Rabindranath Tagore — Poet, Philosopher, and Social Reformer

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The poet of all poets. The cultural identity of modern Bengal.

(A new, original series of articles — exclusively for Humanity College)

Part 1 
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Rabindranath Tagore (or, for a non-Indian audience, let’s make it simpler: Rabindra Nath Tagore) was born in the city of Calcutta (now called Kolkata) in 1861, and died in the same city in 1941.

A few years ago, many of us celebrated his 150th birthday. So, he is old. Very, very old.

Yet, he is new, modern, and contemporary. He is unbelievably relevant even today, in 2019. That is his brilliance. That is his genius.

I am not a big scholar, and do not know a lot of such names from various corners of the world — who can be put on the list of such rare personalities. With my limited knowledge and understanding, I can mention Charlie Chaplin, Picasso, Charles Dickens, Ernest Hemingway, Victor Hugo, Tolstoy, Sartre, Bertrand Russell, or Mark Twain — who would perhaps feature such a list of genius literary, philosophical and artistic creators whose work is equally alive and pertinent in this millennium.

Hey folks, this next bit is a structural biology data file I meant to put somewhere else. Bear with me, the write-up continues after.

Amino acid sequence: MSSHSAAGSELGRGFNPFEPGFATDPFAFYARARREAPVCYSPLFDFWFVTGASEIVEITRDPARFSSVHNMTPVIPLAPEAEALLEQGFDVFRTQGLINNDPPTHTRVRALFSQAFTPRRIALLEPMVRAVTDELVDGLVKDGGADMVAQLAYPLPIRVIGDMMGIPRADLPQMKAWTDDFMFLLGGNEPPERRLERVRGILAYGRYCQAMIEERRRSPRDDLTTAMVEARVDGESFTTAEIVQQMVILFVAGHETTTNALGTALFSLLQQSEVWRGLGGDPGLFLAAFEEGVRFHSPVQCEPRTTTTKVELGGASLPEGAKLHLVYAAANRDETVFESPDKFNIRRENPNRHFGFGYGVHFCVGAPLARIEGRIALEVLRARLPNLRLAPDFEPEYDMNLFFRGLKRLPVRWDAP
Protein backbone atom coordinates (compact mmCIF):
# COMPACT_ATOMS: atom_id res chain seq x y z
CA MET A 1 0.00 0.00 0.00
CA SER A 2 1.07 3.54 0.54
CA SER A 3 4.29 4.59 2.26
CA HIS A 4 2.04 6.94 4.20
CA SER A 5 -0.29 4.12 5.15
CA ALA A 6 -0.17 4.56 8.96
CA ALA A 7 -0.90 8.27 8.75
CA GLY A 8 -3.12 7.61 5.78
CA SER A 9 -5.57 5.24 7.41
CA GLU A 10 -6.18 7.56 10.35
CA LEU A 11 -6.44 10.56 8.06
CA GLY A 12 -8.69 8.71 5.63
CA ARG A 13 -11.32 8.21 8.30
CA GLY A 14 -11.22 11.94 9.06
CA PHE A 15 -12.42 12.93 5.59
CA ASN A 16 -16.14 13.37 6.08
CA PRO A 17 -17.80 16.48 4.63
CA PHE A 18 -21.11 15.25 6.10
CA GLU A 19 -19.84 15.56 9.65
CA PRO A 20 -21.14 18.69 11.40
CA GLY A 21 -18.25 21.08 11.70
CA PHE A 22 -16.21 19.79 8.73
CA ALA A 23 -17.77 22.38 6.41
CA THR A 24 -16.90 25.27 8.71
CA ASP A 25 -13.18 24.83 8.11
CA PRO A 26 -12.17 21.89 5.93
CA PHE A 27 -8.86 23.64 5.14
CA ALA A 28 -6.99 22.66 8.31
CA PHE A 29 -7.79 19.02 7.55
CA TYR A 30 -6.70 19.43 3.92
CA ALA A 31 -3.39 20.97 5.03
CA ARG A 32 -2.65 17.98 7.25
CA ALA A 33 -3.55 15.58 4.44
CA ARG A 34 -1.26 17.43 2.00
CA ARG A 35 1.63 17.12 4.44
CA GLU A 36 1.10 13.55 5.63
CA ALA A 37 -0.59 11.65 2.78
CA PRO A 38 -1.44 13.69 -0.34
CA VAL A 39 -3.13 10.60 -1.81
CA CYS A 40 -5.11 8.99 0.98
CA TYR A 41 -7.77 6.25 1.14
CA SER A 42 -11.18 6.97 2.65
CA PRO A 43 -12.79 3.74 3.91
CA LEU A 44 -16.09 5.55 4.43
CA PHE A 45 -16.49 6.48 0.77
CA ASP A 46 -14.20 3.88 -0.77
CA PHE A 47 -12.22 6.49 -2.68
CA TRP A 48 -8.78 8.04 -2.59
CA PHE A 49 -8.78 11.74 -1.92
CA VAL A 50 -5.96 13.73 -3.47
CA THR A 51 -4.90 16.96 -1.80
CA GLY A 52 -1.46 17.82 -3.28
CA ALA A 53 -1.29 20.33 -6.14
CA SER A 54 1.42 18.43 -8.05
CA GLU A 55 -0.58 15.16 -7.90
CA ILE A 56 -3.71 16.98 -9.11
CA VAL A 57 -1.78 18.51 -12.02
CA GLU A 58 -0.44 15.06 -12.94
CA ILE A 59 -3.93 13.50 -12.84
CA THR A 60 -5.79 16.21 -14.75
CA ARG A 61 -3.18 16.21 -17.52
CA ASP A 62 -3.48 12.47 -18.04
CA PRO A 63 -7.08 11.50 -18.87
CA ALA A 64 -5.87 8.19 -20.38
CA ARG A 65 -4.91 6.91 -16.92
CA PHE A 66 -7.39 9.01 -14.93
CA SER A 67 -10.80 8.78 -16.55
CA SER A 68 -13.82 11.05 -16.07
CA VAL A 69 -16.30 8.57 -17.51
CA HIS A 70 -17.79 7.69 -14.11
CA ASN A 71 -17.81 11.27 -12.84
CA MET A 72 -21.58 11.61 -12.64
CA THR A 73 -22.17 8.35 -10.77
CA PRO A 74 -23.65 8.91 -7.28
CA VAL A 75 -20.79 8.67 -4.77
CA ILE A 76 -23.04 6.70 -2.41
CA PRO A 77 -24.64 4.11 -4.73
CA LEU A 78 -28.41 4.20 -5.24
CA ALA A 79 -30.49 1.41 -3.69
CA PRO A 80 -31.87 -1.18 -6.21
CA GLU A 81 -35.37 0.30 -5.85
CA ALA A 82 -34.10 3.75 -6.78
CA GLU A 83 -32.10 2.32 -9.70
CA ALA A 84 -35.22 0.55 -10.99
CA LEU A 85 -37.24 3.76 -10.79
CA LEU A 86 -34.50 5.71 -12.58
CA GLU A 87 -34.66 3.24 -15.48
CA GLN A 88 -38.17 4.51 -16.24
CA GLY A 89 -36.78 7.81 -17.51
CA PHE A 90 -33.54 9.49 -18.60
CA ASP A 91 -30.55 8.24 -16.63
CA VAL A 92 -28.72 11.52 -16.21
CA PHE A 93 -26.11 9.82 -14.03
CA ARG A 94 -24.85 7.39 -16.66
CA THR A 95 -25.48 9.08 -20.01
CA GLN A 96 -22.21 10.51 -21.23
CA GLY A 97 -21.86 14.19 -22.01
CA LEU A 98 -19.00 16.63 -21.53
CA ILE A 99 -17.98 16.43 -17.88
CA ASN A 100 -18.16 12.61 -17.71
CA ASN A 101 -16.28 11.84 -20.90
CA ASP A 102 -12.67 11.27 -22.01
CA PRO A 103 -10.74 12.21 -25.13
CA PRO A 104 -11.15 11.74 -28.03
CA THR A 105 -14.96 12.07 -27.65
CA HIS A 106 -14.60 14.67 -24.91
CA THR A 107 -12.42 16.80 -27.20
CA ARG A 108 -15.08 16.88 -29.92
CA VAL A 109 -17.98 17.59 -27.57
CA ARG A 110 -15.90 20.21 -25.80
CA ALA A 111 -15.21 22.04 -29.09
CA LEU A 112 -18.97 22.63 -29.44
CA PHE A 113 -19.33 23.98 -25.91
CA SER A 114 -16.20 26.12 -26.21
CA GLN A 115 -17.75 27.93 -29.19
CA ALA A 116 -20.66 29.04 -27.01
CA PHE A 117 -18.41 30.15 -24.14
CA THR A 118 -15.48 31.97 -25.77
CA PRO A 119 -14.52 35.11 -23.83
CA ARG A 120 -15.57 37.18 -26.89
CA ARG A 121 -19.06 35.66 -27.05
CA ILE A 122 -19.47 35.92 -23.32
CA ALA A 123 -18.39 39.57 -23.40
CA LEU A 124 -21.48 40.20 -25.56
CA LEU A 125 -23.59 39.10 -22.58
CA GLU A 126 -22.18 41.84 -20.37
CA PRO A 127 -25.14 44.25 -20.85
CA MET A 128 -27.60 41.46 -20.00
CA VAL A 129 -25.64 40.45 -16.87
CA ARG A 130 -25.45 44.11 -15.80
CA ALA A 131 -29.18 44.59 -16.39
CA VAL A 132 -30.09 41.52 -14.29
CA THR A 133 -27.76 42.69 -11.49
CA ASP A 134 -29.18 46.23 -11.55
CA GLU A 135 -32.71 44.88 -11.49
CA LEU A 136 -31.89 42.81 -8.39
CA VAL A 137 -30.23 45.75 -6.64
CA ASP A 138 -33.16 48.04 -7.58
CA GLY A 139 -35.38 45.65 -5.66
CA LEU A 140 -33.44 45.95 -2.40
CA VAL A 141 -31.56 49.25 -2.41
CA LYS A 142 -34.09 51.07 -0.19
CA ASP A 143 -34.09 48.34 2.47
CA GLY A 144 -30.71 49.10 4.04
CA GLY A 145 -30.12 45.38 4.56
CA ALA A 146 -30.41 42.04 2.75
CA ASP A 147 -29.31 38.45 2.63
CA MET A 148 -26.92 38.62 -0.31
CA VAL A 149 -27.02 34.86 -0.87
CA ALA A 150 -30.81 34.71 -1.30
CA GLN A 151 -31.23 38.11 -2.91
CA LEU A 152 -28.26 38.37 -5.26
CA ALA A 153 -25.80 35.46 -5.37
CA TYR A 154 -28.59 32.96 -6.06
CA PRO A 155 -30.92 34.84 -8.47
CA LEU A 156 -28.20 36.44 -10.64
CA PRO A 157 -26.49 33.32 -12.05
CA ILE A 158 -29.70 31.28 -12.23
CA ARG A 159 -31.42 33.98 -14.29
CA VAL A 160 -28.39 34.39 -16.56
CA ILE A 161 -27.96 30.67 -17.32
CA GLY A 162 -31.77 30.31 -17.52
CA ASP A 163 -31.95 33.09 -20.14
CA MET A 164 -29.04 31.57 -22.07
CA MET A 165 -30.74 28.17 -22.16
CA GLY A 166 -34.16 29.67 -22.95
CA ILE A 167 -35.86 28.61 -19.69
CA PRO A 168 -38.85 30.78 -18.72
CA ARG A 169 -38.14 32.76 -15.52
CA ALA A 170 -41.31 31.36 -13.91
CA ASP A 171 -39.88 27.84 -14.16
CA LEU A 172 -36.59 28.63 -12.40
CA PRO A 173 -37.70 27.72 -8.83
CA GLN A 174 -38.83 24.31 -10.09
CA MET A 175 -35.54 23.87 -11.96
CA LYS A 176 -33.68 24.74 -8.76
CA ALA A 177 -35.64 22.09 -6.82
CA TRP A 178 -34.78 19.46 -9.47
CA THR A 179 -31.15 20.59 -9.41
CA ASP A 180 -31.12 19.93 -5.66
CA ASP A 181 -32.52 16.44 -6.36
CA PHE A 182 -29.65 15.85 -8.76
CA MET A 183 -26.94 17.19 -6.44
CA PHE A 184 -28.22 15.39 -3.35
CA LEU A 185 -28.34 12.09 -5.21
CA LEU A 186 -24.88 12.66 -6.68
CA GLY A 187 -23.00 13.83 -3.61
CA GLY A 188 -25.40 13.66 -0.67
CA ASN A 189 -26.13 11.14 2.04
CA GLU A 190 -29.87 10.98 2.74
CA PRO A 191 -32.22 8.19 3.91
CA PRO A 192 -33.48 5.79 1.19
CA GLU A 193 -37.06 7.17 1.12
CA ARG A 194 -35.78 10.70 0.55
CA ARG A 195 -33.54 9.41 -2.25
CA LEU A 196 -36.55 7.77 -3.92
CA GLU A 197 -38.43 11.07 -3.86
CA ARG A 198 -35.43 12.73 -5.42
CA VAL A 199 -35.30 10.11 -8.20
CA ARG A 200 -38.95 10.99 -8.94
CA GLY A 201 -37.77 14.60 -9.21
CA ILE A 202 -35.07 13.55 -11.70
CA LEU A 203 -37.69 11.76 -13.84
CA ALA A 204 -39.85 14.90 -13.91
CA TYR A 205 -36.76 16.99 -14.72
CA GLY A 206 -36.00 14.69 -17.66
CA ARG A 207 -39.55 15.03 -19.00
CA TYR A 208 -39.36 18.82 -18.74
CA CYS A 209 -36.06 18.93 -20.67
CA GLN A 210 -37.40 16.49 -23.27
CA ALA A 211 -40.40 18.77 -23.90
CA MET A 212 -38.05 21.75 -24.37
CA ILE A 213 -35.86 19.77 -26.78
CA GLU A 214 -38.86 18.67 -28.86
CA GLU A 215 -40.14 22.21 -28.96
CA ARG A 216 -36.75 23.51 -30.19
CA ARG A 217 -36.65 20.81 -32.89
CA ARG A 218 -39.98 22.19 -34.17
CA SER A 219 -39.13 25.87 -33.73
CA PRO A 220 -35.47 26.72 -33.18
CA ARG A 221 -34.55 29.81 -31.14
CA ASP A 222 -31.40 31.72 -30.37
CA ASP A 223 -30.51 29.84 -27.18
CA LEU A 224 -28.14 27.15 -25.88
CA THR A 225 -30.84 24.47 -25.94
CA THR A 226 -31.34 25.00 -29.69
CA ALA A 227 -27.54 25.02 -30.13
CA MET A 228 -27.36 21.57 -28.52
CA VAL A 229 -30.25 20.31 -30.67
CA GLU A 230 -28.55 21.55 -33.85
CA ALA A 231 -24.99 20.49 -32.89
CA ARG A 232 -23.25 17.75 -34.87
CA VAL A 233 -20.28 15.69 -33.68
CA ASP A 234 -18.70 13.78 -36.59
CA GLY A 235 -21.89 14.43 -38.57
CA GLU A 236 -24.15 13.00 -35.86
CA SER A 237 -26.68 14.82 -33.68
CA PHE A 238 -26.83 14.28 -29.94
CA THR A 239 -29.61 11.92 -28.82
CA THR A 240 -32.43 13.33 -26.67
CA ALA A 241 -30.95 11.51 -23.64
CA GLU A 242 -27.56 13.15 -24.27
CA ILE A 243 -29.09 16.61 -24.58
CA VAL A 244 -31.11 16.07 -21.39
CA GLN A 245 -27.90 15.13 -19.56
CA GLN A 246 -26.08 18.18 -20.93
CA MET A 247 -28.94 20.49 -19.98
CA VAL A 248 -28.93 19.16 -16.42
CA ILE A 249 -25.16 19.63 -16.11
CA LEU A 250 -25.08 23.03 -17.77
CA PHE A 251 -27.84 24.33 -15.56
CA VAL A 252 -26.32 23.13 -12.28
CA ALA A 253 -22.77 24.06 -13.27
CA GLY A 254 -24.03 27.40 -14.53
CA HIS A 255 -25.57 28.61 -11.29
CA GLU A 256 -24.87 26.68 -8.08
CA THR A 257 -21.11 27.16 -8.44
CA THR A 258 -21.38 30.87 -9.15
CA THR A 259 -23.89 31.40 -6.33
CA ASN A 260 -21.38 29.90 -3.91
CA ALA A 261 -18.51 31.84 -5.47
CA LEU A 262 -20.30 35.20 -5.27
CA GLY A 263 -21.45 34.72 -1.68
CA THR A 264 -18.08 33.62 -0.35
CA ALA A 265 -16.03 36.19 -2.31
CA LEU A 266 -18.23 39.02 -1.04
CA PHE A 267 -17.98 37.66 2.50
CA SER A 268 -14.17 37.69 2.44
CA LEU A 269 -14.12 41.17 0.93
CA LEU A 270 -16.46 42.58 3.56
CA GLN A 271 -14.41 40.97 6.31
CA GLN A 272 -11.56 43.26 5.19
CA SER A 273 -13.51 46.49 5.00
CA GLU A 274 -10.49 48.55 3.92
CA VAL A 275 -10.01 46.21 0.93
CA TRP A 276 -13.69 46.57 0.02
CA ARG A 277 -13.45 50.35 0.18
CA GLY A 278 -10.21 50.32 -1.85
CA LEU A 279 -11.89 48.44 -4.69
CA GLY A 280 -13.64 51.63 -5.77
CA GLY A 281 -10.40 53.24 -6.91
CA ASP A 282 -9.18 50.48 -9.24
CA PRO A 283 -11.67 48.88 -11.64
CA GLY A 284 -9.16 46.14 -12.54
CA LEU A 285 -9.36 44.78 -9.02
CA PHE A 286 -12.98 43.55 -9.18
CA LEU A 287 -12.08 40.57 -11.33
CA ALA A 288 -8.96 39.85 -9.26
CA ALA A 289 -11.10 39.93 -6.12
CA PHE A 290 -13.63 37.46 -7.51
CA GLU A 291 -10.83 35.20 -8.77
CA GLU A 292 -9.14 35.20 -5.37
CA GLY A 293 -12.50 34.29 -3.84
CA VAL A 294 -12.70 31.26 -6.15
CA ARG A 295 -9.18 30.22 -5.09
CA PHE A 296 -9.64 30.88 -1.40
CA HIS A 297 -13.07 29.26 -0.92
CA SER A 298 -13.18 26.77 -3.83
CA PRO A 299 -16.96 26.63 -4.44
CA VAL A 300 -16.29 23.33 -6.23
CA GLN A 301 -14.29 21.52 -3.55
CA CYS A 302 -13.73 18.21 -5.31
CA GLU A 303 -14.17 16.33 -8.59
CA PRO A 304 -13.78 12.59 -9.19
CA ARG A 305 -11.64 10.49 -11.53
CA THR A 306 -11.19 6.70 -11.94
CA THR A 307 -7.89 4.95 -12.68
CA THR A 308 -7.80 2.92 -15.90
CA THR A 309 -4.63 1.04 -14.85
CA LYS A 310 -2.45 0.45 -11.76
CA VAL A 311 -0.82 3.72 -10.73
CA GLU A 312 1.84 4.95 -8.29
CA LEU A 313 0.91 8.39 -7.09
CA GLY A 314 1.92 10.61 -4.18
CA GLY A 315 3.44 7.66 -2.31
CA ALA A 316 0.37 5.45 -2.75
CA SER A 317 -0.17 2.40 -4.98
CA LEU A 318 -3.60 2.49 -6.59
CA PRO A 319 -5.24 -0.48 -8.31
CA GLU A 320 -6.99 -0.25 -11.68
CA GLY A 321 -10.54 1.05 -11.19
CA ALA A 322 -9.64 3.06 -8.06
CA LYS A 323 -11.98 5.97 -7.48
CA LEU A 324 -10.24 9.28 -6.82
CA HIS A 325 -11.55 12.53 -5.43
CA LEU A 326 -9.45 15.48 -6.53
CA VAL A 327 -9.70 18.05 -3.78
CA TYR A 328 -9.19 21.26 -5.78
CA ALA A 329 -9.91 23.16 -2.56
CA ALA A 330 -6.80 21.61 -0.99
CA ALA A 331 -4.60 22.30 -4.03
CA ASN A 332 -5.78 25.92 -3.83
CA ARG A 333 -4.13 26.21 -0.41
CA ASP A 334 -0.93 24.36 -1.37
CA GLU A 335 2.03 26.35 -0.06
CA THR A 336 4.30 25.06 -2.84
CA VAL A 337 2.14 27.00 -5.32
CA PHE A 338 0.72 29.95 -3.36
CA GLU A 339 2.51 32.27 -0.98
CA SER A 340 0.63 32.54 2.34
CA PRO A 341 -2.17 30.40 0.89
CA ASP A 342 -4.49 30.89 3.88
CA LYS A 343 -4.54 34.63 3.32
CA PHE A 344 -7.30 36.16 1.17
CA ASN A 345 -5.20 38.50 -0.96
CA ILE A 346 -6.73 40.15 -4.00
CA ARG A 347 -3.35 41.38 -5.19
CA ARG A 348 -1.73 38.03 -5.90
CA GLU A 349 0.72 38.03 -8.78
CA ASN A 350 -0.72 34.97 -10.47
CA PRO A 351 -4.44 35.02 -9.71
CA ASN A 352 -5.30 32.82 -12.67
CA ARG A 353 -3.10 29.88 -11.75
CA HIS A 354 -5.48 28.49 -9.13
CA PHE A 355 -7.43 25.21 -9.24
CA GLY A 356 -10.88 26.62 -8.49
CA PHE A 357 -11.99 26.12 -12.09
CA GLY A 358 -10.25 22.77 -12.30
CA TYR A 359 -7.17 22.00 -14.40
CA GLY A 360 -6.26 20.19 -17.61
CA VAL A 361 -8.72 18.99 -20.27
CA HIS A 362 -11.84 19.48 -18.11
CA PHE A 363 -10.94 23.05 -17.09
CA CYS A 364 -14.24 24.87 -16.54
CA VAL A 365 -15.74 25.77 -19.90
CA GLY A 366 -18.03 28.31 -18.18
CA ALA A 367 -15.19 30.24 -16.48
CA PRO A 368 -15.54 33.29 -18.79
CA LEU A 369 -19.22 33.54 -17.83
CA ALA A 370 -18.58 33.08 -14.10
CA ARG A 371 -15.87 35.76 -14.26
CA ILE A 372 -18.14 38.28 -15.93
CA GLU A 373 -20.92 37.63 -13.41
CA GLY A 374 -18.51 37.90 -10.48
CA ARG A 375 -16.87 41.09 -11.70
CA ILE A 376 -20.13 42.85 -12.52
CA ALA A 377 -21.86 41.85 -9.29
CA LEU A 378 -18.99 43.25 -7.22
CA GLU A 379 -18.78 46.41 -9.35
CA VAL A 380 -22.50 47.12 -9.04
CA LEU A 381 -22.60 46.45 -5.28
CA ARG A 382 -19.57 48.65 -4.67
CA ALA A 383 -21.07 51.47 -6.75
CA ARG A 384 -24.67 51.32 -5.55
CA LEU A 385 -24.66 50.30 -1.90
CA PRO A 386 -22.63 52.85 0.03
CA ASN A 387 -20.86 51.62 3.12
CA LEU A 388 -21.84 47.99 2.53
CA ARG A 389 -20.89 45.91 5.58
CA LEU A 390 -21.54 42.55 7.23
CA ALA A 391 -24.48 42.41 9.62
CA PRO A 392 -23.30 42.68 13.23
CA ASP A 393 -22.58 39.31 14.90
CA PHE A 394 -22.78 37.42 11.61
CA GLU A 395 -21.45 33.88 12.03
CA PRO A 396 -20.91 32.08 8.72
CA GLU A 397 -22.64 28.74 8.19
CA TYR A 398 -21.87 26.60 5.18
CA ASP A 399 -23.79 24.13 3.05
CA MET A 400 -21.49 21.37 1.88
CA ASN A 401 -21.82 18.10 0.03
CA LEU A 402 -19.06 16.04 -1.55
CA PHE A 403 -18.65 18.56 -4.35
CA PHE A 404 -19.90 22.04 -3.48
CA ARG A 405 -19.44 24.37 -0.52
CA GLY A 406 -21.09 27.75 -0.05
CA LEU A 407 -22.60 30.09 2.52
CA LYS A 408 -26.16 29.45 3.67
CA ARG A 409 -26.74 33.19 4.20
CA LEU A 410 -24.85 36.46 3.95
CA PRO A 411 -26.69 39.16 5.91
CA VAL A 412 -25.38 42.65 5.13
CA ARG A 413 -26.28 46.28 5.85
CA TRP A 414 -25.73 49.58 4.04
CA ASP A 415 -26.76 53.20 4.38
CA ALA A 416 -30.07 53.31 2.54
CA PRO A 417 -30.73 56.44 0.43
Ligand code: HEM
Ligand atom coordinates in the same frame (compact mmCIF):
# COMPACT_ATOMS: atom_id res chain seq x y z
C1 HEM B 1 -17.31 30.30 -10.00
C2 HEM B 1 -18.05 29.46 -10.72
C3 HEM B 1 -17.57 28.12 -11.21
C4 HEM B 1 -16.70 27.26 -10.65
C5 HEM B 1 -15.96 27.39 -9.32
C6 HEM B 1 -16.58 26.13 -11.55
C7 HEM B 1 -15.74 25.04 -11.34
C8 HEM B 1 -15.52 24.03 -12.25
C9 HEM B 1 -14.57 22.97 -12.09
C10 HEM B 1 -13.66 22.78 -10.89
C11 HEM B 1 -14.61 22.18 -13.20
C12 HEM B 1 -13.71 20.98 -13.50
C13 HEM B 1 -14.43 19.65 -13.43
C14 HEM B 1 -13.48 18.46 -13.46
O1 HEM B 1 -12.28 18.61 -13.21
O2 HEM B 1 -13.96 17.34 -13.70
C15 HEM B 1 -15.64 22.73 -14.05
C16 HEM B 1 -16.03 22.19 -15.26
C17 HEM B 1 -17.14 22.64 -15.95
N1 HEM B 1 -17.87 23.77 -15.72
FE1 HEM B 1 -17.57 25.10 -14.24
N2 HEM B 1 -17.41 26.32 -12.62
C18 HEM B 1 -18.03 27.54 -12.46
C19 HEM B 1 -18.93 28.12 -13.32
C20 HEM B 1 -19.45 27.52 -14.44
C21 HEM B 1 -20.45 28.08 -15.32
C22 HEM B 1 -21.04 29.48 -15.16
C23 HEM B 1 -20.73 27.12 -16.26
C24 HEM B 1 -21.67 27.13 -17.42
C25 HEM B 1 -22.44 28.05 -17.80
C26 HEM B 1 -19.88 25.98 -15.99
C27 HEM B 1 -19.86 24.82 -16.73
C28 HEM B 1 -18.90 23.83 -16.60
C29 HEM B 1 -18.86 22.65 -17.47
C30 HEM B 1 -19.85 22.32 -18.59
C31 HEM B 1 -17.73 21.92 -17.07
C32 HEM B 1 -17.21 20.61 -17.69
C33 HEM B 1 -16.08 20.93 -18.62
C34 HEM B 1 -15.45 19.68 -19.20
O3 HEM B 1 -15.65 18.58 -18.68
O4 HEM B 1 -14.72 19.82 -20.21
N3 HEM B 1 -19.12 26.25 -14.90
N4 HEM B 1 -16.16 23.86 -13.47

But I don’t know — can we name only one person who would be called a genius literary figure, as well as a genius philosopher, and a genius social reformer?

Honestly, other than Chaplin, I have not studied the personalities I’ve mentioned above. And I am sure I have missed some names that I should have mentioned. But I have studied Tagore somewhat extensively. With my limited ability, I have translated some of his poetry and songs, spoke and wrote about him at various media and forums (including Humanity College blog), and even dared to record some of his songs on a CD.

My family and I grew up in Kolkata, Bengal and India in an artistic and intellectual environment that was greatly influenced by Tagore and his followers. I know for the fact that millions of people both in India and Bangladesh have grown up in that cultural tradition.

In case you are not aware of it, national anthems of both India and Bangladesh are Tagore’s songs. But this is only a tiny measure of his influence on us.

(continued…)

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